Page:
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A Political History of the State of New York: 1774-1832
De Alva Stanwood Alexander
No preview available - 2009
A Political History of the State of New York Volume 1, Volume 1
De Alva Stanwood Alexander
No preview available - 2013
accepted action Administration Albany Appeals appointment Assembly ballot became Bigelow bitter Blaine campaign Canal Commissioner Canal ring candidate chairman charged committee Comptroller Congress Conkling Conkling's contest convention Cornell declared defeat delegates Demo Democracy Depew district Dorsheimer election favour Fenton Francis Kernan frauds friends Garfield George George William Curtis Governor Grant Greenback Havermeyer Hayes Hoffman Horace Greeley Horatio Seymour Ibid influence James July Kernan leaders Legislature letter LincoIn Lucius Robinson Lyman Tremaine majority ment Morgan negro nomination November October organisation patriotic peace platform political presented President President's Prison Inspector publican Radicals Raymond reform refused renomination Republican resolution Robinson Roscoe Conkling Secretary seemed Senate sentiment September September 22 Seward slavery South Southern speaker speech Syracuse Tammany Thurlow Weed ticket Tilden tion Tweed Union United United States Senate victory vote York City York Herald York Tribune York World
Page 36 - If there be those who would not save the Union unless they could at the same time destroy slavery, I do not agree with them. My paramount object in this struggle is to save the Union, and is not either to save or to destroy slavery.
Page 375 - Because half a dozen grasshoppers under a fern make the field ring with their importunate chink, whilst thousands of great cattle reposed beneath the shadow of the British oak chew the cud and are silent, pray do not imagine that those who make the noise are the only inhabitants of the field, — that, of course, they are many in number, — or that, after all, they are other than the little, shrivelled, meagre, hopping, though loud and troublesome insects of the hour.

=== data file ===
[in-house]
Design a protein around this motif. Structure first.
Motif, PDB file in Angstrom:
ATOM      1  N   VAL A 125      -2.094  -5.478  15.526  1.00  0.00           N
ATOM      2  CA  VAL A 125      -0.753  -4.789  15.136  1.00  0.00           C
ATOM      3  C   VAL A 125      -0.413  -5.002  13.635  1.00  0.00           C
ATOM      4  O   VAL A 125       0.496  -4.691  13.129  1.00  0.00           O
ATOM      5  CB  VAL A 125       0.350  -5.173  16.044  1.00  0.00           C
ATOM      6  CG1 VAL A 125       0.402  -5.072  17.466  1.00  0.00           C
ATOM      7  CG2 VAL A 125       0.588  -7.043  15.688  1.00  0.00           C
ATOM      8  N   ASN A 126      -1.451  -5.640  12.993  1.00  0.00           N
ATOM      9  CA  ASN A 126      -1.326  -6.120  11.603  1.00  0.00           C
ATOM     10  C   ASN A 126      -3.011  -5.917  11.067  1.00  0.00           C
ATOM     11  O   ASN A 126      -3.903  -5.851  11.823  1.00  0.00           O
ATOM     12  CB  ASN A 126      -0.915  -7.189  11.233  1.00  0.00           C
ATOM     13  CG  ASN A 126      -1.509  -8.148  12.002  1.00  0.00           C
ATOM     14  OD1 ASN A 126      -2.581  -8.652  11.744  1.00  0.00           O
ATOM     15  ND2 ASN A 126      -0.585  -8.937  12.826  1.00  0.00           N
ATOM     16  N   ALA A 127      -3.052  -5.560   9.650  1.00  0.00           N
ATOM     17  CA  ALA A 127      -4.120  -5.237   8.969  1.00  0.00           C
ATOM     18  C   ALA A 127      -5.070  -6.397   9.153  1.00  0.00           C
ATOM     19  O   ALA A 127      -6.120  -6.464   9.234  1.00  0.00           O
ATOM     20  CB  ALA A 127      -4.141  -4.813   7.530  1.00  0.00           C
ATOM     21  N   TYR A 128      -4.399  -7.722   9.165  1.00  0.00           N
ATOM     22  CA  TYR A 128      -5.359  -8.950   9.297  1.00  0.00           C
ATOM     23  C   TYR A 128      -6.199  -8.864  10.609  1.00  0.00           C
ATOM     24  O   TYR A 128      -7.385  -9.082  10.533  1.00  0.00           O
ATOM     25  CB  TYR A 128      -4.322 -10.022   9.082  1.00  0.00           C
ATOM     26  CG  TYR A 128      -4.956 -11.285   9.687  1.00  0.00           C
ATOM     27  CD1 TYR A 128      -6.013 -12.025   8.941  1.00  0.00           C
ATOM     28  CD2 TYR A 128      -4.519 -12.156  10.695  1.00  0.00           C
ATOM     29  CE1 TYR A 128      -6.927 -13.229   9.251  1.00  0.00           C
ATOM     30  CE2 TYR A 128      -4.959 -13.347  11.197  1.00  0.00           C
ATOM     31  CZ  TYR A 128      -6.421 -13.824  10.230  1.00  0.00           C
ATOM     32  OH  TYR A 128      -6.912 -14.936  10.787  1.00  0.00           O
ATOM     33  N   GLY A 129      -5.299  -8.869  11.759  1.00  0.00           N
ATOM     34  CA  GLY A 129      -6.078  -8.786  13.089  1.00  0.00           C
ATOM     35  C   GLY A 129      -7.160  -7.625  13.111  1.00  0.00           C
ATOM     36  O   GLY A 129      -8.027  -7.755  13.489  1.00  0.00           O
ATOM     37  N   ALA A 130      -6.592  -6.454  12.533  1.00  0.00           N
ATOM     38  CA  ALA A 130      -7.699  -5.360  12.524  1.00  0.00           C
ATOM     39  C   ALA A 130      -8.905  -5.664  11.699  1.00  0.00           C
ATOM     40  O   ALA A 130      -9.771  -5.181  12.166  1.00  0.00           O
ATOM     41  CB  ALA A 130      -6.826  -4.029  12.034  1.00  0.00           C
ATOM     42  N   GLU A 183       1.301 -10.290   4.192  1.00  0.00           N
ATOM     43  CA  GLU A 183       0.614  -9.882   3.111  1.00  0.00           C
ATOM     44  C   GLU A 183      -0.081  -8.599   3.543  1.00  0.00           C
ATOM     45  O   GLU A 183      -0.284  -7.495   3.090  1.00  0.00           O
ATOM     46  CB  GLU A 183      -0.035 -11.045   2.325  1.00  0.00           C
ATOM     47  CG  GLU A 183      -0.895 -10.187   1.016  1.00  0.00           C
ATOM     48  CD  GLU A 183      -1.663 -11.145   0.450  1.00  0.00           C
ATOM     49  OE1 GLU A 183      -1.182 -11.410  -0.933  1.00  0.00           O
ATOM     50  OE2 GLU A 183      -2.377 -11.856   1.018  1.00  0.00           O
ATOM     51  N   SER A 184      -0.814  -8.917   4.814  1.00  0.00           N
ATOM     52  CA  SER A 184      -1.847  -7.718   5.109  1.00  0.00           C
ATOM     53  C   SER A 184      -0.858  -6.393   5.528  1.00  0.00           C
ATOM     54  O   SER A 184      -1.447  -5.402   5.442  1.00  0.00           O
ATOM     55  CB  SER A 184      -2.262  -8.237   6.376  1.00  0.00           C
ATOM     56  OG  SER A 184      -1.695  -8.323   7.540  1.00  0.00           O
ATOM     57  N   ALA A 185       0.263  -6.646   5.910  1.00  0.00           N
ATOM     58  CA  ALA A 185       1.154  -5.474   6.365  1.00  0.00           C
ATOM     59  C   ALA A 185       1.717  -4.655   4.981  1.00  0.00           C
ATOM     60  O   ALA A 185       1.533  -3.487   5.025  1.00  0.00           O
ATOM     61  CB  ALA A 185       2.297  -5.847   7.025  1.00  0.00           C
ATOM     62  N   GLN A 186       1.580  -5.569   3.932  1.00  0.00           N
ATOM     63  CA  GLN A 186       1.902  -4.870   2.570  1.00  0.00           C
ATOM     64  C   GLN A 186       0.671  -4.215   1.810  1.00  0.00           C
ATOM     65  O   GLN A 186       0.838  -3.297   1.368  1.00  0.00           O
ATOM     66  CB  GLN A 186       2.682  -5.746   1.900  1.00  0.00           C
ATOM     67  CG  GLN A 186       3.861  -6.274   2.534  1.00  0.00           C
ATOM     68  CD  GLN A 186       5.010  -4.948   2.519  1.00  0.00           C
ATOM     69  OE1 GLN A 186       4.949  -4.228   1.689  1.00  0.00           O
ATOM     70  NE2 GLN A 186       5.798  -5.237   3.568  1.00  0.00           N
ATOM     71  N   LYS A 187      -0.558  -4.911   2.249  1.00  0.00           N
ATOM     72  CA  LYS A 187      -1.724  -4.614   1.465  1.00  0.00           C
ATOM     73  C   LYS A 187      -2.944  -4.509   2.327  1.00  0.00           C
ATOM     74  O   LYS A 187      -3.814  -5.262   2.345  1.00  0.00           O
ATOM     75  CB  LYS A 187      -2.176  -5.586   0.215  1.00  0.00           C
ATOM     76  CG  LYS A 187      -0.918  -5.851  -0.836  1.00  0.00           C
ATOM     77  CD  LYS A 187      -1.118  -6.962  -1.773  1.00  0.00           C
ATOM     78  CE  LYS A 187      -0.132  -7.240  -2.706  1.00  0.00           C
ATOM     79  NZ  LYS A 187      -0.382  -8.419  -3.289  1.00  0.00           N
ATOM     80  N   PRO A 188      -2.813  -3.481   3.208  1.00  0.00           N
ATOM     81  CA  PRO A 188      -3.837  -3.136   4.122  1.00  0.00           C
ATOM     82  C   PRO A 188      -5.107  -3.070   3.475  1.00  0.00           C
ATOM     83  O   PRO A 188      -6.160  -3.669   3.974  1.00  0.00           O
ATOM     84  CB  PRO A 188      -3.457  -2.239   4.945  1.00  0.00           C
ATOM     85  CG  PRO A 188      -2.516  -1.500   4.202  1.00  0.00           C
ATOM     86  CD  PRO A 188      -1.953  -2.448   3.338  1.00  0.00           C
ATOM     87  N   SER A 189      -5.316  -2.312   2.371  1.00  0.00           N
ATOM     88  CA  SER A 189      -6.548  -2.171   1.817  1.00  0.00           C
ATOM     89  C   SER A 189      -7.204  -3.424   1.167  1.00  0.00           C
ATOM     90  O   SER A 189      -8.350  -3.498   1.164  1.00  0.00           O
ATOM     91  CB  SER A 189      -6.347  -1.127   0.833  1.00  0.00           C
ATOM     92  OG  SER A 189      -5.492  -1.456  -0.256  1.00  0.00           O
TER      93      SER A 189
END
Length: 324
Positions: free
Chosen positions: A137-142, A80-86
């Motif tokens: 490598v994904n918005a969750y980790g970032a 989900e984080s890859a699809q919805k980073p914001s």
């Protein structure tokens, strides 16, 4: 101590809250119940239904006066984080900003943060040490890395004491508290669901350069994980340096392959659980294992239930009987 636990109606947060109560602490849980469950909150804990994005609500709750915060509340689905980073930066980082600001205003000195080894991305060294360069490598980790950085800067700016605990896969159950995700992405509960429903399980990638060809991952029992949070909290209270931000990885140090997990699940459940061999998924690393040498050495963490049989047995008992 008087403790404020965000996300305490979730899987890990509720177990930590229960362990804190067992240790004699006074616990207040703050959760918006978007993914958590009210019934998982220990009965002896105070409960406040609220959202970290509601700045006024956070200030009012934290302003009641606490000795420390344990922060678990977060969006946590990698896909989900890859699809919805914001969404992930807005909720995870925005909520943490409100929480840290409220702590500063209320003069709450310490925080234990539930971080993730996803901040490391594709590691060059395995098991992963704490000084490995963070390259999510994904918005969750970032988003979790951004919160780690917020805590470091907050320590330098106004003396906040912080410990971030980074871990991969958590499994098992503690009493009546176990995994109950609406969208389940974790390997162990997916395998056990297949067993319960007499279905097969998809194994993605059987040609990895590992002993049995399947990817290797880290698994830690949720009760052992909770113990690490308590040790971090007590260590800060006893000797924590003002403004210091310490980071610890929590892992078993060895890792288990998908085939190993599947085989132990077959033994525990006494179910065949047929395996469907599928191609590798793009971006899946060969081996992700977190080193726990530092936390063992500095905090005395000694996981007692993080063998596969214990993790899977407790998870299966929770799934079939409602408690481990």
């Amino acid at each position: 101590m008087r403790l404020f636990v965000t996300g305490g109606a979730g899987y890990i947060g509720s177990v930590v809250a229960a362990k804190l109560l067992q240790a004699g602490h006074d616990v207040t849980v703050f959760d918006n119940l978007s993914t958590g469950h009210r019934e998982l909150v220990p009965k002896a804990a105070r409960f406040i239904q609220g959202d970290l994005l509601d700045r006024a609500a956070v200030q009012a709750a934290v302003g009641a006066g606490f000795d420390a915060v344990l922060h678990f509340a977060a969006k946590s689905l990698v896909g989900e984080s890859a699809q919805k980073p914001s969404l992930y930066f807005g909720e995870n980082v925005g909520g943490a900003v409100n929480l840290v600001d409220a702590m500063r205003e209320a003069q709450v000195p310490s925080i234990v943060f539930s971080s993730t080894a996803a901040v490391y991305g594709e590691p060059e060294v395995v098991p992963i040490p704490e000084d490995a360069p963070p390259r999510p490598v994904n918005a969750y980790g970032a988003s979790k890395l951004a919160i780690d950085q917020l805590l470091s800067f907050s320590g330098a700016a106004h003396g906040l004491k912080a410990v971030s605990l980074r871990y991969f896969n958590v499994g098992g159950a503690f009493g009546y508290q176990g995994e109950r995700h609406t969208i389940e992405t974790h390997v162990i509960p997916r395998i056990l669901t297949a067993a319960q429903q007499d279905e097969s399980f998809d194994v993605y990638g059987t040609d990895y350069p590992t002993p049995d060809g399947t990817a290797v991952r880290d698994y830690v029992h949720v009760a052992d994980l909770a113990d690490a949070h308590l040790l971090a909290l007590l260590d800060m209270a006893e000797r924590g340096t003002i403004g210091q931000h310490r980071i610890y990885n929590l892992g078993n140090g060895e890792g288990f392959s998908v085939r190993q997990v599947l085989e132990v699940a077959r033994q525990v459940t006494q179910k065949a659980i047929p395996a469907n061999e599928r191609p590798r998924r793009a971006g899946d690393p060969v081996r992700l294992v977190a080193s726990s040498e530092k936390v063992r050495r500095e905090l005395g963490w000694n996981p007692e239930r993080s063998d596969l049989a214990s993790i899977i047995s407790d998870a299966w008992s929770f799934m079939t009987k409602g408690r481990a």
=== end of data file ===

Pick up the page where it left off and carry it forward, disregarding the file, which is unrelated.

Page 112 - American people, that after four years of failure to restore the Union by the experiment of war, during which, under the pretense of a military necessity or war power higher than the Constitution, the Constitution itself has been disregarded in every part, and public liberty and private right alike trodden down, and the material prosperity of the country essentially impaired — justice. humanity...
Page 78 - And then there will be some black men who can remember that, with silent tongue, and clenched teeth, and steady eye, and well-poised bayonet, they have helped mankind on to this great consummation; while I fear there will be some white ones, unable to forget that, with malignant heart and deceitful speech, they have strove, to hinder it.
Page 102 - If you can find any person, anywhere, professing to have any proposition of Jefferson Davis in writing, for peace, embracing the restoration of the Union and abandonment of slavery, whatever else it embraces, say to him he may come to me with you...
Page 93 - And every one that was in distress, and every one that was in debt, and every one that was discontented, gathered themselves unto him; and he became a captain over them: and there were with him about four hundred men.
Page 41 - while I approve the measure, I suggest, sir, that you postpone its issue until you can give it to the country supported by military success, instead of issuing it, as would be the case now, upon the greatest disasters of the war.
Page 144 - And Noah went in, and his sons, and his wife, and his sons' wives with him, into the ark, because of the waters of the flood.
Page 66 - Yet, thoroughly imbued with a reverence for the guaranteed rights of individuals, I was slow to adopt the strong measures, which by degrees I have been forced to regard as being within the exceptions of the constitution, and as indispensable to the public safety.